“Not only is the teaching of Torah Shebe’al Peh to girls permissible, but it is nowadays an absolute imperative. This policy of discrimination between the sexes as to subject matter and method of instruction which is still advocated by certain groups within the Orthodox community has contributed greatly to the deterioration and downfall of traditional Judaism.”
These comments were written by Rabbi Yosef Dov Soloveitchik in May 1953, but, sadly, they reflect a continuing challenge. Many still argue and protest the educating of women in Torah Shebe’al Peh in the State of Israel, and throughout the Diaspora.
Exactly 65 years have passed since Rabbi Soloveitchik’s proclamation, and we are indeed partners in this journey. Not because we wish to, God forbid, uproot the role of the synagogue rabbi or to compromise the tradition of the rabbinate throughout Jewish history. Quite the opposite; our goal is to enable the sea of Talmud to become part of “Torat imecha” — the Torah of our mothers. Women who are able to encounter and intellectually engage with Ravina and Rav Ashi, Rava and Abaye, Rabbanu Tam, the Ravad and the Rambam. Women who, with their deep Torah knowledge, can give guidance to others in all aspects of halakha.
Yet, it is critical for us to realize we are part of an entity known as Am Yisrael, the people of Israel, part of a metaphysical unit that requires our individuality to surrender to the mesorah (tradition) of our people and its halakhic framework. It is this commitment to the halakhic framework that guides our personal and professional goals, including our aspirations to enable women to serve as Manhigot Ruchaniot and Morot Halakha; as Torah personalities, continuing the legacy of Devorah the Prophetess.
At Ohr Torah Stone’s Susi Bradfield Women’s Institute for Halakhic Leadership, we seek to add a unique light increasing the illumination of Torah to our people — men, women and children — as well as to the rest of humanity.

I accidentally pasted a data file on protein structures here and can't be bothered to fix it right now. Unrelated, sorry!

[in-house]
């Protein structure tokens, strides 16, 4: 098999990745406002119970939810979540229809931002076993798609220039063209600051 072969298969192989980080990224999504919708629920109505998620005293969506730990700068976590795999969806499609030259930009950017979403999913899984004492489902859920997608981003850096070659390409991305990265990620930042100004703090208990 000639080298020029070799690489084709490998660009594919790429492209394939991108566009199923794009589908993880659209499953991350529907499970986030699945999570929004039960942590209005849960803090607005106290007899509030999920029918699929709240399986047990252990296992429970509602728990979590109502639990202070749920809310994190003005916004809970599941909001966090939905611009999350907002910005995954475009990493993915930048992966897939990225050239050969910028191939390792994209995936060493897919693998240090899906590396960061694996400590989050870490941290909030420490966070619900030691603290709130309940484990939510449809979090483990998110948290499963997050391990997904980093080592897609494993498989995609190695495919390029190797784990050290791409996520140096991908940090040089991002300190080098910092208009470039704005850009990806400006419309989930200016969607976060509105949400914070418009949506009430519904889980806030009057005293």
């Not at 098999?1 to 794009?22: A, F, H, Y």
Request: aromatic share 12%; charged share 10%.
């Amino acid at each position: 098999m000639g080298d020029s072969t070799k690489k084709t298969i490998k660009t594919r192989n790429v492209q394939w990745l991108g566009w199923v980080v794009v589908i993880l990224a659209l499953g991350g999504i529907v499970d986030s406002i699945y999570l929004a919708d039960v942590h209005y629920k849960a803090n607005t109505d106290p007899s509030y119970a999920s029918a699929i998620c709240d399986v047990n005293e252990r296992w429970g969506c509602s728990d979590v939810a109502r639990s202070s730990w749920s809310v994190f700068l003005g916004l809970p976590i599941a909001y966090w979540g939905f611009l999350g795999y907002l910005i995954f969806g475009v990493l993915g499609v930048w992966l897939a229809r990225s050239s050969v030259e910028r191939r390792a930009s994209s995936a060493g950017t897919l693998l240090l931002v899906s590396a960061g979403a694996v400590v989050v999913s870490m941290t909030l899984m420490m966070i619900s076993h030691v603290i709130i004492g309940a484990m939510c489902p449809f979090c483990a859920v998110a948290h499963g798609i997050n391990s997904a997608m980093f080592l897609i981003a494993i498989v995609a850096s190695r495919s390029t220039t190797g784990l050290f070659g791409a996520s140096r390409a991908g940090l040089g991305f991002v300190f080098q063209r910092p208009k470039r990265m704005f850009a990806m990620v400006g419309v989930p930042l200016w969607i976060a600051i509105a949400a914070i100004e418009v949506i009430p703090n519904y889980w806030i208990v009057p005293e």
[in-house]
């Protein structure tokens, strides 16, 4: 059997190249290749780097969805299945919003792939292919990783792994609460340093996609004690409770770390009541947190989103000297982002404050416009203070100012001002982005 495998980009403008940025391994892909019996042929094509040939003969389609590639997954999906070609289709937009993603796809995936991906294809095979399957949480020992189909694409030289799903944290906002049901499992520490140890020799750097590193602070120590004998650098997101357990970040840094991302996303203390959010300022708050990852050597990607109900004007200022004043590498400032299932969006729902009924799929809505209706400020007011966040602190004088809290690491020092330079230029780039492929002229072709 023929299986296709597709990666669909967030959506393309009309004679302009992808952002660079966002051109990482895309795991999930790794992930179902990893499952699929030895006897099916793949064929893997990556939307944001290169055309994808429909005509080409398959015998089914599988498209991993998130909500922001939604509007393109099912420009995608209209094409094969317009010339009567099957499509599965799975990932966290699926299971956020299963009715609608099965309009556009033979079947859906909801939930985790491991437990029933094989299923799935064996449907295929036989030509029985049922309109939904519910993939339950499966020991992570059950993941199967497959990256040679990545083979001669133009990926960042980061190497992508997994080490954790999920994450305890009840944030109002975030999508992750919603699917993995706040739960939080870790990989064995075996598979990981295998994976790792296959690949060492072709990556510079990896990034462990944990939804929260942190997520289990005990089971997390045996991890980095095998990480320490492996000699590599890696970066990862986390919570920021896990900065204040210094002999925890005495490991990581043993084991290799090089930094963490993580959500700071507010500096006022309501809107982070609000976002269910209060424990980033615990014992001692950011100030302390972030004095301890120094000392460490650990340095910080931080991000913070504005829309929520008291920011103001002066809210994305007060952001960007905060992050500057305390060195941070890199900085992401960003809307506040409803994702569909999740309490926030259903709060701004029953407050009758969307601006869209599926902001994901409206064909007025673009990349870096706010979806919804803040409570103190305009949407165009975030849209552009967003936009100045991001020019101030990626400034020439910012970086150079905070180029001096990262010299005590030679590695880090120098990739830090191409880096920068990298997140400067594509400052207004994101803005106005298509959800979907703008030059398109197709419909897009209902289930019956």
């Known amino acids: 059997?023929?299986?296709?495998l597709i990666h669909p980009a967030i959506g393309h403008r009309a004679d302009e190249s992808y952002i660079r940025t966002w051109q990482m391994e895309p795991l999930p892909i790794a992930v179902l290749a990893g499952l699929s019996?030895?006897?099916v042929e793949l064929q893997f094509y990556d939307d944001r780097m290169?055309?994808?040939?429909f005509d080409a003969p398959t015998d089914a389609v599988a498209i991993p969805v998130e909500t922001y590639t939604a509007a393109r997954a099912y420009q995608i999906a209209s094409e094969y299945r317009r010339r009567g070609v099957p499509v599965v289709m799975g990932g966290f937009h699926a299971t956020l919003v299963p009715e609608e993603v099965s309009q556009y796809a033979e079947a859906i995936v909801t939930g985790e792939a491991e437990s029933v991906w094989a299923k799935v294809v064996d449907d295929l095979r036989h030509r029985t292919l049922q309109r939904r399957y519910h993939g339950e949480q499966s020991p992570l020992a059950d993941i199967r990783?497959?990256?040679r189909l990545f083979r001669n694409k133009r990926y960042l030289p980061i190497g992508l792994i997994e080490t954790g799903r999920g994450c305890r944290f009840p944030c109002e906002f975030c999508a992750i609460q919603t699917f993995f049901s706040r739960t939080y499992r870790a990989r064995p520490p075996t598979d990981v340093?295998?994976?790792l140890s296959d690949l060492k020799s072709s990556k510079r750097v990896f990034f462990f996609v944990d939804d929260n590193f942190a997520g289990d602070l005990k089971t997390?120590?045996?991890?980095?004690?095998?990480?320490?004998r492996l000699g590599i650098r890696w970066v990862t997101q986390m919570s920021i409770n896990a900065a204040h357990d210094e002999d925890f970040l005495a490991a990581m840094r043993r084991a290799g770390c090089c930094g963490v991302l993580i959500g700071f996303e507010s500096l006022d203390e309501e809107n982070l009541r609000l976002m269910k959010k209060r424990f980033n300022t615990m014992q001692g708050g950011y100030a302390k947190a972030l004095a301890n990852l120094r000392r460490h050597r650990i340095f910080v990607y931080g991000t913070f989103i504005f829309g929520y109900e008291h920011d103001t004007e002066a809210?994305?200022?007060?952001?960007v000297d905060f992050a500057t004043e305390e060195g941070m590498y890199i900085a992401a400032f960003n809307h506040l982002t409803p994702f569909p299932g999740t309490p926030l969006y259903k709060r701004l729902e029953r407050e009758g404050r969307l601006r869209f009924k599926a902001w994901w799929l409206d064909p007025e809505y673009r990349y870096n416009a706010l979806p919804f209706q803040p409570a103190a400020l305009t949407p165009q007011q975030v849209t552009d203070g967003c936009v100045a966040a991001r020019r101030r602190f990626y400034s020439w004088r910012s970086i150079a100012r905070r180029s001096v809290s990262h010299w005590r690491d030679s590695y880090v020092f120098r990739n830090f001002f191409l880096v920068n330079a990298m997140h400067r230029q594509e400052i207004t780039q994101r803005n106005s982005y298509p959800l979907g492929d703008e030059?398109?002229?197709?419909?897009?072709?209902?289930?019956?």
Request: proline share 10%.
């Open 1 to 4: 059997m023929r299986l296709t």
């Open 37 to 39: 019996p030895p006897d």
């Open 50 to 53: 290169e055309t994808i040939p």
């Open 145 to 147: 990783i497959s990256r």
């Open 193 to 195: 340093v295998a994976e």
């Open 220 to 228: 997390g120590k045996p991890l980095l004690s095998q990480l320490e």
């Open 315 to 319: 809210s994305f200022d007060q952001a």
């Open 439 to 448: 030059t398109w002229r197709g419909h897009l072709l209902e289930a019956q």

We find ourselves concluding the period of Sefirat Haomer, the Counting of the Omer. It is the only time in which we are asked to count the passage of time not only mentally but verbally. In fact, according to the Magen Avraham (R. Avraham Gombiner), while one can fulfill one’s obligation of kiddush or shofar through hearing it from another, in the case of Sefirat Haomer, this is not sufficient. One must verbally articulate the counting and proclaim each day by himself or herself. It is this unique verbal requirement that causes the rabbis to legislate a bracha highlighting the counting. Why is there a special obligation with regard to Sefirat Haomer to verbally articulate the count? And why can’t that obligation be fulfilled by a chazzan, or through the principle of shomea k’oneh?
A friend of mine shared with me an idea that resonates with our vision here tonight. Sefirat Haomer marks the movement, the march from the physical deliverance of Pesach to the spiritual salvation of Shavuot. It symbolizes the removing of the physical shackles of slavery to becoming free through our coronation as servants of God on Mount Sinai.
Yet how does one serve God? There is, of course, a set of norms and mores, the framework of mitzvot and halakhot that give us guidance. But each and every one of us finds a different chord of music, a different color in the tapestry of the mesorah’s mosaic to connect with God. Each and every one of us searches to find our own voice and our own connection to God within this framework. If Sefirat Haomer marks our individual journey, then the counting of the Omer cannot be recited by another to fulfill our obligation. Each of us must verbalize the Omer in our own pitch, in our own tenor, on our march to create a personal romantic rendezvous with God.
Tonight, we celebrate the fact that we are committed to creating a unique light and a great illumination for our people. To the students and the families of the Women’s Institute for Halakhic Leadership, never underestimate your capacity to inspire Klal Yisrael, to live lives that inspire yourselves, your spouses, your families and your communities. You are on a personal journey while simultaneously representing a national one. Be true to our people, while at the same time be true to yourself. We are all so proud of you.
Mazal Tov and Chag Sameach.
The above is based on my remarks at Ohr Torah Stone’s Susi Bradfield Women’s Institute for Halakhic Leadership graduation ceremony held in Jerusalem on Wednesday evening May 16, 2018.